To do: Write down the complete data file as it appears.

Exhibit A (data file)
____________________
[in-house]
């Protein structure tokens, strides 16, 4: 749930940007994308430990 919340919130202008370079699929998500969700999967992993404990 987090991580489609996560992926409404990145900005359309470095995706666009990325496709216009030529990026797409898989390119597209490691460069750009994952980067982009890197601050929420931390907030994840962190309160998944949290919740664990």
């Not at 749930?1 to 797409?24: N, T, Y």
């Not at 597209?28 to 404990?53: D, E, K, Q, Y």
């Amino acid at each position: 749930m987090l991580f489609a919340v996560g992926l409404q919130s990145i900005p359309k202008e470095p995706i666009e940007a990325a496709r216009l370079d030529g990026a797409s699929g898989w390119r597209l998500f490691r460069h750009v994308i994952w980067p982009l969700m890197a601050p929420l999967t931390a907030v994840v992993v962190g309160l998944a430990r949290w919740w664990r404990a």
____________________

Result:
[in-house]
């Protein structure tokens, strides 16, 4: 749930940007994308430990 919340919130202008370079699929998500969700999967992993404990 987090991580489609996560992926409404990145900005359309470095995706666009990325496709216009030529990026797409898989390119597209490691460069750009994952980067982009890197601050929420931390907030994840962190309160998944949290919740664990």
């Not at 749930?1 to 797409?24: N, T, Y």
């Not at 597209?28 to 404990?53: D, E, K, Q, Y």
């Amino acid at each position: 749930m987090l991580f489609a919340v996560g992926l409404q919130s990145i900005p359309k202008e470095p995706i666009e940007a990325a496709r216009l370079d030529g990026a797409s699929g898989w390119r597209l998500f490691r460069h750009v994308i994952w980067p982009l969700m890197a601050p929420l999967t931390a907030v994840v992993v962190g309160l998944a430990r949290w919740w664990r404990a």